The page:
All in all, I'd say the CoH system is far more complex than what I've seen before in the "if X chose Y else do Z" systems that have been released previously.

I wouldn't call the system "revolutionary" or "ground-breaking" like they did leading up to release, but I would call it a significantly improved version of systems that existed before. In my mind, that's OK. Especially if the game is fun, and that's what it is about.
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mjacobsca wrote:

I wouldn't call the system "evolutionary" or "ground-breaking" like they did leading up to release...


Exactly. My beef was with the hype, not how the product plays, nor as it may have read from the poor wording in my previous post the Chief's presentation of the material.

All that matters is that the game is good and fun. Hype-wise though, I haven't seen anything in this 'new, revolutionary solo system' that I haven't seen in other home-brew rules systems. That's not a knock on their design, that's just pointing out that the hype itself may be unfounded.

They managed to fit common sense on a card though, whereas I usually just see these rules as agreed upon or within tables in home brew rule books. The concept of phantom troops is a nice touch, but nothing new... to me at least. Having to fire into it to see if it's real doesn't strike me a good mechanic, unless it's an airstrike or arty, but whatever. Back in the day we did this by putting stickers on the bottom of our Axis & Allies minis and then deploying them alongside real troops. Your opponent could never tell if you were deploying real or fake units unless they conducted intelligence checks or entered the engagement. We used the same system when to converting A&A to a coop/solo game.
 
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James Palmer
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For myself, I find the AI is a case where the sum is greater than the parts. It doesn't include one specific "revolutionary" mechanic (at least, not that I'm aware of), but a lot is accomplished with this AI:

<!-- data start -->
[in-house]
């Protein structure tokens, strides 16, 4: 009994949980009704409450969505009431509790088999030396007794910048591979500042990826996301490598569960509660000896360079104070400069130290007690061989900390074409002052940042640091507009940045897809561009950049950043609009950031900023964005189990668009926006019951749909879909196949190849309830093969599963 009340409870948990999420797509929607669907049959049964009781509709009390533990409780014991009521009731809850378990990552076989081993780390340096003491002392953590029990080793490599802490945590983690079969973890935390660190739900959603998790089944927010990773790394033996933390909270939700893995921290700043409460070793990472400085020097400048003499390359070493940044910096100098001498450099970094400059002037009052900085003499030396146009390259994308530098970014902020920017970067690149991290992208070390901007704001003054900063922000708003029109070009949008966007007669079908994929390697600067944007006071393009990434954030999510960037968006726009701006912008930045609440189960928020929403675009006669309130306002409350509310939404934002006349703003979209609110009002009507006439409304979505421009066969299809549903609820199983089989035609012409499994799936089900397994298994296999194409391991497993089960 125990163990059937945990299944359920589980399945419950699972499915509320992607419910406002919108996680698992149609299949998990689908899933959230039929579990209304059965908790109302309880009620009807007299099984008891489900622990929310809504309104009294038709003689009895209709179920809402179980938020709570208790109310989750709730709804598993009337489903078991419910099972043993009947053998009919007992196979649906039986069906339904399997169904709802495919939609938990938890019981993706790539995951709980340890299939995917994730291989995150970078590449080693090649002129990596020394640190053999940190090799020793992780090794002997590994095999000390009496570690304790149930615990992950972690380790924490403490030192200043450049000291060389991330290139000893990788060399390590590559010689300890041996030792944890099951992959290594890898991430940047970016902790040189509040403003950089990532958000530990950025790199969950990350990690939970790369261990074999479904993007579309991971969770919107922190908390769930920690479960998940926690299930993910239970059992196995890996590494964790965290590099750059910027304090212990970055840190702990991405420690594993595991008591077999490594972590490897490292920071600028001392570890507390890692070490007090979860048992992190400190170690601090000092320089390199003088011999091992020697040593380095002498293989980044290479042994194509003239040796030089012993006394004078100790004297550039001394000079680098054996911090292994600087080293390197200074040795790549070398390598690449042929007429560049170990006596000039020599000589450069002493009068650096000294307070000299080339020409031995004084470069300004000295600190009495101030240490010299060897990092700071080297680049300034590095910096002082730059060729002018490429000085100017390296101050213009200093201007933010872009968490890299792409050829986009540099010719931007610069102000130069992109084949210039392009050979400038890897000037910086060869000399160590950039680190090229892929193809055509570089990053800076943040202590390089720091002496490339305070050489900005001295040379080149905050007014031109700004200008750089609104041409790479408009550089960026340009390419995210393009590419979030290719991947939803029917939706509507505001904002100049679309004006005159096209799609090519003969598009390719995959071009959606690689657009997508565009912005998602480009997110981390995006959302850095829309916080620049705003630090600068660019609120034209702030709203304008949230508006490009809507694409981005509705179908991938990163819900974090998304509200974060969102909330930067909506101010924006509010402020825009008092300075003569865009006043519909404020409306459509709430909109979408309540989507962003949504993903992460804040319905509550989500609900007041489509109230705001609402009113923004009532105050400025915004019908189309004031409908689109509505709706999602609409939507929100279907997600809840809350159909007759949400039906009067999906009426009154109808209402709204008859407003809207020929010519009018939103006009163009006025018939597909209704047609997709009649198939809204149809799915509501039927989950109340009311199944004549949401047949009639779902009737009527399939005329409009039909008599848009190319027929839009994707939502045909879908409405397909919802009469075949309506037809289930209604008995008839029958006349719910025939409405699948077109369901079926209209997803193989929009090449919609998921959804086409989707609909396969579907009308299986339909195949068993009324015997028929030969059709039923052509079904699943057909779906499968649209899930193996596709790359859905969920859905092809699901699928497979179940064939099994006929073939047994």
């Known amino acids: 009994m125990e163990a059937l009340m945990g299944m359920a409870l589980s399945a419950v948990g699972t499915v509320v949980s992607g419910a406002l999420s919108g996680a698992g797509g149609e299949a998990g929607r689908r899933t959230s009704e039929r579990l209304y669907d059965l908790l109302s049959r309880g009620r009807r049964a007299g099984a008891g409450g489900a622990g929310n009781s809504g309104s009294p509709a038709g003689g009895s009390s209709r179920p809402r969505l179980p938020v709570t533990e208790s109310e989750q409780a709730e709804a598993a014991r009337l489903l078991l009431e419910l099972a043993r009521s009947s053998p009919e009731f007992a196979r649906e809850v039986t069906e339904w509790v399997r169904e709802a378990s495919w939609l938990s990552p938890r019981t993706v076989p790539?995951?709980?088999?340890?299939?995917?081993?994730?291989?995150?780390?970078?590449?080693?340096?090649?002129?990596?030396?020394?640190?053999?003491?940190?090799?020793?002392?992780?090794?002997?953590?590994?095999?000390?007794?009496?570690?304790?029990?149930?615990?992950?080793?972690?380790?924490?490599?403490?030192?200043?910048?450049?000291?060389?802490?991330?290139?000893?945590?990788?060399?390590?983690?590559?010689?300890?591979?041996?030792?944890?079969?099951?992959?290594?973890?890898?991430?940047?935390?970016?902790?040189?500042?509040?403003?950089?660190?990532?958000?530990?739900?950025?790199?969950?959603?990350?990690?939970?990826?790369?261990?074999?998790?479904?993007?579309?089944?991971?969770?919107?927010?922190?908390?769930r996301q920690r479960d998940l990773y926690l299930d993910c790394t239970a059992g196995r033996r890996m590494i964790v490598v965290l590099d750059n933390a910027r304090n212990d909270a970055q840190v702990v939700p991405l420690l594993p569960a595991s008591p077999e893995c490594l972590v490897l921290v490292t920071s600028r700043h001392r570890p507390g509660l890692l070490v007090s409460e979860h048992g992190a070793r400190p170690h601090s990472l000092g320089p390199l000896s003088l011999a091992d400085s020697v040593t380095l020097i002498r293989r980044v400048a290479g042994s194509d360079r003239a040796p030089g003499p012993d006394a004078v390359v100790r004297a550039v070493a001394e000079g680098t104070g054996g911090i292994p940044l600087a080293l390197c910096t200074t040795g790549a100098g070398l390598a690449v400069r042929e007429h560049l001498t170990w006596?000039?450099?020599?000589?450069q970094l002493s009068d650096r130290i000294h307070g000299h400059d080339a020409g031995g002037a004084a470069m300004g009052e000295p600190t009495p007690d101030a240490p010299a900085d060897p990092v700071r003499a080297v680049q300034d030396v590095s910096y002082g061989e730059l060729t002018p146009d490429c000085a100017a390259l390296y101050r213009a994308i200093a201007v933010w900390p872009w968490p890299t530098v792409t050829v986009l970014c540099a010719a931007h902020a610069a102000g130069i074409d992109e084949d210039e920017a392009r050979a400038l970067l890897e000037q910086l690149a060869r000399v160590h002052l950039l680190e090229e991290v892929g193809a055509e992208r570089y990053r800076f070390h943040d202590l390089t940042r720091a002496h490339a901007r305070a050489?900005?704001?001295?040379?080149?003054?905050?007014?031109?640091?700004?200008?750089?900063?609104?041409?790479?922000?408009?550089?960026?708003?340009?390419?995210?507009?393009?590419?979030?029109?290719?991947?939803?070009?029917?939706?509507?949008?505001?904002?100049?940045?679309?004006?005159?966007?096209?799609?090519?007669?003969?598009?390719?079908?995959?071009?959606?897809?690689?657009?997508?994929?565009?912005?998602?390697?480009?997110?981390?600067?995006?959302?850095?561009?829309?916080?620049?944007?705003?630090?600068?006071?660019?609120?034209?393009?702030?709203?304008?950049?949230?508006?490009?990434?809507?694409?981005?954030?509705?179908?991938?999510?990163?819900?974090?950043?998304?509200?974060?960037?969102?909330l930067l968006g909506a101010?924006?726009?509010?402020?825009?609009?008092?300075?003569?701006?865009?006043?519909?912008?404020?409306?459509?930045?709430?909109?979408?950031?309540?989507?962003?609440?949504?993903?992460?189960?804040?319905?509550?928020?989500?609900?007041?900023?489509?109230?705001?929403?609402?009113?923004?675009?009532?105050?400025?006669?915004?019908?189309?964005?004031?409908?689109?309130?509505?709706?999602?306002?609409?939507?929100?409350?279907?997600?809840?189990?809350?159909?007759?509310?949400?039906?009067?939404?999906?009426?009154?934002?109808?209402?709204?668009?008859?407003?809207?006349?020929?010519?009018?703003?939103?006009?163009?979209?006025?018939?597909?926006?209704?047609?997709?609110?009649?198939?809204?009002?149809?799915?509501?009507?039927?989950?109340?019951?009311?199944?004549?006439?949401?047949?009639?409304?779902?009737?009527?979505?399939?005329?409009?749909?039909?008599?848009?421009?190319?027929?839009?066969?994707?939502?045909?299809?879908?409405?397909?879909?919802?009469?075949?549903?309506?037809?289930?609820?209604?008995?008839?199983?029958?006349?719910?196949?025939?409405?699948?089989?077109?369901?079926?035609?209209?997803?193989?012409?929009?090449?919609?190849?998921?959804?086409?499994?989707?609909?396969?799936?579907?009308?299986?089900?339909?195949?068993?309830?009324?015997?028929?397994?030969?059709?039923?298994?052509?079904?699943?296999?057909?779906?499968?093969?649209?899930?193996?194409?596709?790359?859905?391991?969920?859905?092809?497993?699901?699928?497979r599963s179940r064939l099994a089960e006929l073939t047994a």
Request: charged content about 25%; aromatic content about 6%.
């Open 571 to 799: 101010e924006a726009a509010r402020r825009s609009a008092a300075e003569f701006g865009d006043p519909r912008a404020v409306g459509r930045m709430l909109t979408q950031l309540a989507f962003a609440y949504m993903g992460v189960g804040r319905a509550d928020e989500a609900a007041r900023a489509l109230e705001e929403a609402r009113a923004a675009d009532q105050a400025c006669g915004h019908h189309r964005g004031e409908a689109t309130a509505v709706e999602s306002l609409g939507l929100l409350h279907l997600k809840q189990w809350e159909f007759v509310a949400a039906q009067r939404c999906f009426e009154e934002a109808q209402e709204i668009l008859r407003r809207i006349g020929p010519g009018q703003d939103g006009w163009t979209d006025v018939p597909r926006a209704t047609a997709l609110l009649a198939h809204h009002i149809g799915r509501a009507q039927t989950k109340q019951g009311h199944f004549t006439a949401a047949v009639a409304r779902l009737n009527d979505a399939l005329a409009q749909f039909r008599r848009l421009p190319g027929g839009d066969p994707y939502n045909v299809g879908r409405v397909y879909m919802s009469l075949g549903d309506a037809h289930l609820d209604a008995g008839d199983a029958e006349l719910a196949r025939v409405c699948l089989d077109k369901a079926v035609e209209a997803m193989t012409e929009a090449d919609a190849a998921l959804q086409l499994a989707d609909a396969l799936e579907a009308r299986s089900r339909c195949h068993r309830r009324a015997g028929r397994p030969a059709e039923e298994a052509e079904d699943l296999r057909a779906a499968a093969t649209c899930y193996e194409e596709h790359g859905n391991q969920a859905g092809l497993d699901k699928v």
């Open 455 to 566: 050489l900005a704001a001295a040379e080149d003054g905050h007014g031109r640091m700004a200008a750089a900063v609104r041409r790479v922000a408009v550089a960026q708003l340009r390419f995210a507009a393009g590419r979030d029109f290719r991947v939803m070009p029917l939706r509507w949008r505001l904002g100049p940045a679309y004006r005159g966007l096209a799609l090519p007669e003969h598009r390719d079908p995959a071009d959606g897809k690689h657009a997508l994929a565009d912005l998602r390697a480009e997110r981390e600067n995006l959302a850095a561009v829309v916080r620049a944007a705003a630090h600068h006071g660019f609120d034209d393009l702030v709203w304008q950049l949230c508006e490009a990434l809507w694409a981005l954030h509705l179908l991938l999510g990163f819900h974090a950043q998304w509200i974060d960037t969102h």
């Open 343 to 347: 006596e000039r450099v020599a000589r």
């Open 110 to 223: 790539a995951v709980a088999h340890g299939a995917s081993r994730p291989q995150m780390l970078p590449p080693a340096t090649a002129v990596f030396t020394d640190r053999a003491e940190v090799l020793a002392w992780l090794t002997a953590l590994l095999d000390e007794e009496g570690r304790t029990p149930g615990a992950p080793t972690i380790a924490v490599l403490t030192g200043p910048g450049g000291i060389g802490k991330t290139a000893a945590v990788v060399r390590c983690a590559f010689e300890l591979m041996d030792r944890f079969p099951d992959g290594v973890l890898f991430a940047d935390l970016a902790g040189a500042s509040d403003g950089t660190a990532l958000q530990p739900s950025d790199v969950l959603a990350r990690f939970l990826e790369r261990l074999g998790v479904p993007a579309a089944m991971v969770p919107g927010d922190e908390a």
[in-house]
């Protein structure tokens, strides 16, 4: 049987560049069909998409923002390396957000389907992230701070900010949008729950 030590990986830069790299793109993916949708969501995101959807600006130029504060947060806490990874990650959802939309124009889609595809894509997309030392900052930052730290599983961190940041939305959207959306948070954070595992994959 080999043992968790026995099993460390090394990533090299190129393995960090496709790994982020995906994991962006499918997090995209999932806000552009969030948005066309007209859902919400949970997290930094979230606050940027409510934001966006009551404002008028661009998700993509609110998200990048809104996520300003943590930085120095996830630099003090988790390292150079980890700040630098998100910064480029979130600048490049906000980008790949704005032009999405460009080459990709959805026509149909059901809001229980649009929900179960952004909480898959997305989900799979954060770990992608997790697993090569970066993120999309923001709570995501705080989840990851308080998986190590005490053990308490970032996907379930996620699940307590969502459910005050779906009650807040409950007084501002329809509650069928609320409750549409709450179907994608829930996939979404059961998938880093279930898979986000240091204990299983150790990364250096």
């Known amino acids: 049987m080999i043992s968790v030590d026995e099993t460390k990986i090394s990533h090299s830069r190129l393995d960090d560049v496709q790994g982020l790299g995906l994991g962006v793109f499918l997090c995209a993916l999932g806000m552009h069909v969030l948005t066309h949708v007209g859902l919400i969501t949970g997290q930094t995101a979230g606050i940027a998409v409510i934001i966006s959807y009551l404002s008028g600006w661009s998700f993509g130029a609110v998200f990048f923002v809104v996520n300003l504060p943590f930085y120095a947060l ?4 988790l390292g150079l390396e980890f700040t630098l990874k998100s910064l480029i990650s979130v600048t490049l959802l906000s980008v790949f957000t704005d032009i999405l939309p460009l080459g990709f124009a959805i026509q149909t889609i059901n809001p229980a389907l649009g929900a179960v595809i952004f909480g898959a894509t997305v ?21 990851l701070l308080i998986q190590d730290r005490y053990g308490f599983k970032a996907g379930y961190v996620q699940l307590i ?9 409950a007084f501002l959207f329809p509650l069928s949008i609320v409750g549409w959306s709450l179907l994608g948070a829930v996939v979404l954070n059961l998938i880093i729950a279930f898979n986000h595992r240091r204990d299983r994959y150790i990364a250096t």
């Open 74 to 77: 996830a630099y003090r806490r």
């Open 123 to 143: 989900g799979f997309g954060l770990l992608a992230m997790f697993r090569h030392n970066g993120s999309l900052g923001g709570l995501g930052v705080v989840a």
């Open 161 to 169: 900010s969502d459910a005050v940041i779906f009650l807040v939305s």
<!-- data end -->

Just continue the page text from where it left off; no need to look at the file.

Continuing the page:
- It can play either offensively or defensively
- It uses the same units that the player uses (i.e., not a horde of simpletons, like with a game like Gears of War)
- The units act using (more or less) the same rules that the players play by.
- It's so flexible you can use the new Firefight Generator to create a more-or-less random battle and have the A.I. play admirably.
- All the above and to work it, you just need to flip a card each turn and do what it says, nothing more.

Personally, I haven't seen another board game AI work well enough that the above are true. So to me, that's a big step in boardgaming AI.
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Rich M
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I actually think the AI is a derivative of the Matrix Games PC version.
 
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skystalker wrote:
Is it just me, or does anyone else find it surreal that after all the delays, reboots, erroneous announcements of release, video promises, etc. that there would be an error in the first scenario?! If this was picked up on an early playthrough now that release has finally occurred, how much playtesting was actually done? This correction would seem like the low-hanging fruit is terms of error recognition, particularly after all that has been said on these forums regarding the extensive development over some three years.